Tech by VICE

Where Our Smartphones Go When They Die

If you don't put your old smartphone in your nightstand, where does it go?

by Matthew Gault
Dec 18 2019, 3:25pm

Image: Artur Widak/NurPhoto via Getty Images

Americans love stuff. Our garages, closets, and spare rooms are full of stuff we think we need but probably don’t. This week Cyber talks to Adam Minter, author of Secondhand, about the end-of-life supply chain for our cell phones, computers, and all the other stuff we keep in our houses. Minter writes about trash, recycling, and where our stuff goes for Bloomberg.

America and the rest of the world is generating an incredible amount of e-waste and that e-waste is driving an economy that many of us never see. “We talk a lot at Motherboard about supply chain. Supply chain attacks, human labor and resource use, shipments all around the world and environmental effects,” says Jason Koebler, editor-in-chief of Motherboard. “But we talk less often about the second supply chain that happens when we get rid of our electronics. Today we’re going inside that end of life supply chain to discuss how our electronics are recycled, repaired, reused, and resold all around the world.”

As far as sustainability goes, Motherboard is hard on Apple and with good reason. But Minter thinks Apple’s effect on the environment is more complicated. “On balance, Apple is making some of the most durable digital products out there,” Minter says. “They support them with software updates longer than most other companies. So, if you’re concerned about the environmental impact of your device, the fact that Apple products will last longer and will remain updated longer is a net positive.”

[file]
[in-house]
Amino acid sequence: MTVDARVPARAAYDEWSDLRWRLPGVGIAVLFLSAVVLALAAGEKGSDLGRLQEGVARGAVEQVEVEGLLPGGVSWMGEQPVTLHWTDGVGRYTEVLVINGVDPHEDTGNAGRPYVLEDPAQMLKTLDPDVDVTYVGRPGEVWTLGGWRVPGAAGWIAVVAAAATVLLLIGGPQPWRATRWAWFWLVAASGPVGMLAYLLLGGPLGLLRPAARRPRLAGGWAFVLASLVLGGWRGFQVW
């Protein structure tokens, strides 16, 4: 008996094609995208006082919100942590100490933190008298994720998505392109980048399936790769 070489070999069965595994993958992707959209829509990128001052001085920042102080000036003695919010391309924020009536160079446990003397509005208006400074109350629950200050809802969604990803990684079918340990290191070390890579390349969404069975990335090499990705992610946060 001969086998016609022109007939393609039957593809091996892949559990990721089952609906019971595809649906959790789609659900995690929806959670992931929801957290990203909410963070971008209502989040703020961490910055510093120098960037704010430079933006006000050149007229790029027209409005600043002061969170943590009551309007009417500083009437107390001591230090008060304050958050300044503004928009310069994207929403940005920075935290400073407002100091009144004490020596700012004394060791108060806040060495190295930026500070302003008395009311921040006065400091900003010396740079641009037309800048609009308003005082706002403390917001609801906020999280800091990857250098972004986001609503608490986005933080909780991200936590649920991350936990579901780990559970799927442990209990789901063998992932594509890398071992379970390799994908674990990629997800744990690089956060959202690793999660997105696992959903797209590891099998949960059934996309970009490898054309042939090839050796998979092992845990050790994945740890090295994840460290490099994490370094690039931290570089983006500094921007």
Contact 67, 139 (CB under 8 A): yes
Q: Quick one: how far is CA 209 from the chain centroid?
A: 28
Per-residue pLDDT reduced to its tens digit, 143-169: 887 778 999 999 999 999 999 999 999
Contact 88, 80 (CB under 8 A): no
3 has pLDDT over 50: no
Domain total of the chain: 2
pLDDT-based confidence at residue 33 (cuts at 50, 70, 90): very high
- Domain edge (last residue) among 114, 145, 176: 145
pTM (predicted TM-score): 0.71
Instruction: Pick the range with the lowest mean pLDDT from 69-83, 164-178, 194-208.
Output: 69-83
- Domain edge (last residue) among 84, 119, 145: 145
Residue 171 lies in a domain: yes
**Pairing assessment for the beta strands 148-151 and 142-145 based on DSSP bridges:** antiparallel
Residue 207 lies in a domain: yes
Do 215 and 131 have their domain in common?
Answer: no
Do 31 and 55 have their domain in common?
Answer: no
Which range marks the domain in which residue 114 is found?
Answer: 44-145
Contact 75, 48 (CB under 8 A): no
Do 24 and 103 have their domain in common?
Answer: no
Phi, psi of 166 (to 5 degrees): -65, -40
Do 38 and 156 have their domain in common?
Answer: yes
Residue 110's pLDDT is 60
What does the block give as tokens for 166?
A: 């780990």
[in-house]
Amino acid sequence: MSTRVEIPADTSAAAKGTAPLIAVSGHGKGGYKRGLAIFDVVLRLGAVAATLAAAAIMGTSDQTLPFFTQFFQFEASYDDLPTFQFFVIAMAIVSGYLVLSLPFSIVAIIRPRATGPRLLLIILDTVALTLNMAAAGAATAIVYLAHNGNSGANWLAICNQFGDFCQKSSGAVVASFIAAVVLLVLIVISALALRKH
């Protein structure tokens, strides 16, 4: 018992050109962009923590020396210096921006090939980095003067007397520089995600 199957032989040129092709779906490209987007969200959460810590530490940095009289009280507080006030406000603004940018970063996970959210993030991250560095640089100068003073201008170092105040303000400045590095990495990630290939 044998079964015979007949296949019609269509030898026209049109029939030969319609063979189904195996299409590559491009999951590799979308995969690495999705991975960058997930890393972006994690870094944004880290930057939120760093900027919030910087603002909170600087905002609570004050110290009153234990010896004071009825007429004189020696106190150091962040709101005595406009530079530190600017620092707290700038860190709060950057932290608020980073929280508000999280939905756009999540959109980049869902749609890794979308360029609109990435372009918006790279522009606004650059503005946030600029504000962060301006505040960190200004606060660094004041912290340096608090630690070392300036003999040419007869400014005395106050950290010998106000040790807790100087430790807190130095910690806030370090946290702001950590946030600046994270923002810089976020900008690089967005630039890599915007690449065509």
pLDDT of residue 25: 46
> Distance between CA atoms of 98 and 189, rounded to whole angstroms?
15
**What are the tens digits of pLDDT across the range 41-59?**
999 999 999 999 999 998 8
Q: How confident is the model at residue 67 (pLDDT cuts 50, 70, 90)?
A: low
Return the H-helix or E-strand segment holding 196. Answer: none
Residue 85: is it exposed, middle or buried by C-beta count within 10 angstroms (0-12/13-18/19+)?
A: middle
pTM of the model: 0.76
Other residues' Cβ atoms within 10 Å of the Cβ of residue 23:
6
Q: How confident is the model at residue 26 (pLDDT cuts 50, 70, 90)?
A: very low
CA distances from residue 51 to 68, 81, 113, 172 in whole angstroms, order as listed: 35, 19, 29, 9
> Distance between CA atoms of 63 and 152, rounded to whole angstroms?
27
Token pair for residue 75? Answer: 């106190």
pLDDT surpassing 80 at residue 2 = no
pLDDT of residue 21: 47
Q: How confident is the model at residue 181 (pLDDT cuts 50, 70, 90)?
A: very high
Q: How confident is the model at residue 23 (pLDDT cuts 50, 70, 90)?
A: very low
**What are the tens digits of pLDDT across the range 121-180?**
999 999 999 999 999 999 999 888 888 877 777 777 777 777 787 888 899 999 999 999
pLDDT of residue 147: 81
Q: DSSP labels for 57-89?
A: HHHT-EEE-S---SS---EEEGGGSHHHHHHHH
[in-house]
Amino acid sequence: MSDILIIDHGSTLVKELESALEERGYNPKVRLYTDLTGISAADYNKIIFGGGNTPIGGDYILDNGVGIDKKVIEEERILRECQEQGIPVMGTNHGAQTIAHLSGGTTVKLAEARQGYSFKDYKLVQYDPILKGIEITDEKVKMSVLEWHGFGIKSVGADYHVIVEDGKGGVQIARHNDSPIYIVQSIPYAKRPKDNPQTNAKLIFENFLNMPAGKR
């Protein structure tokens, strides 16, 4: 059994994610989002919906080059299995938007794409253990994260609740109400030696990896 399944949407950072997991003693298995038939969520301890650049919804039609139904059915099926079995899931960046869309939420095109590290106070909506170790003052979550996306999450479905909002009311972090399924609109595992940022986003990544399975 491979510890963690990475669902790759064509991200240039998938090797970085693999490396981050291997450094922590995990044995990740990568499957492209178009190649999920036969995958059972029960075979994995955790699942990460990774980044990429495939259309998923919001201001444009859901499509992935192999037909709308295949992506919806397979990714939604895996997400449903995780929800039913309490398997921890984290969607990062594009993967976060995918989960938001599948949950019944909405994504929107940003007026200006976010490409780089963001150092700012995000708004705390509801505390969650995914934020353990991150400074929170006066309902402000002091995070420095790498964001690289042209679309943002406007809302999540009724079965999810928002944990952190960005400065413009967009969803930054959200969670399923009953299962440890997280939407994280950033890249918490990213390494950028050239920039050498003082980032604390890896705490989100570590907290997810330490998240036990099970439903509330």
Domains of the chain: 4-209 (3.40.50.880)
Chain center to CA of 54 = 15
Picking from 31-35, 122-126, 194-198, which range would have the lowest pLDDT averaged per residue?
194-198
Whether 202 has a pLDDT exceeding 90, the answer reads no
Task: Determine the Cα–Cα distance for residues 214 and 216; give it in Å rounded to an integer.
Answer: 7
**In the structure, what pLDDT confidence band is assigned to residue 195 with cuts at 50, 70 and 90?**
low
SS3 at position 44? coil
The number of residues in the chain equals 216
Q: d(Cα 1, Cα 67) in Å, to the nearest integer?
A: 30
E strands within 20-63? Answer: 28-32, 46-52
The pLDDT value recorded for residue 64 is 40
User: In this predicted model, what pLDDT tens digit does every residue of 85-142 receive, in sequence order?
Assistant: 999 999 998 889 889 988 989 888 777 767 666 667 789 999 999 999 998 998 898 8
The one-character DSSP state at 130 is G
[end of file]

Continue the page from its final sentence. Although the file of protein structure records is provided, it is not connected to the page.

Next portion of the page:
It feels like we live in a world of disposable consumer goods, but Minter points out that consumer demand is changing and that businesses who promise devices with long lifespans are experiencing explosive growth. “We live in a consumer society and we’re not going to be able to completely withdraw from it.”

Also on the pod this week—Jason seeks absolution for an $1,100 purchase, shade is thrown at Marie Kondo, and Emanuel Maiberg makes his first CYBER appearance.

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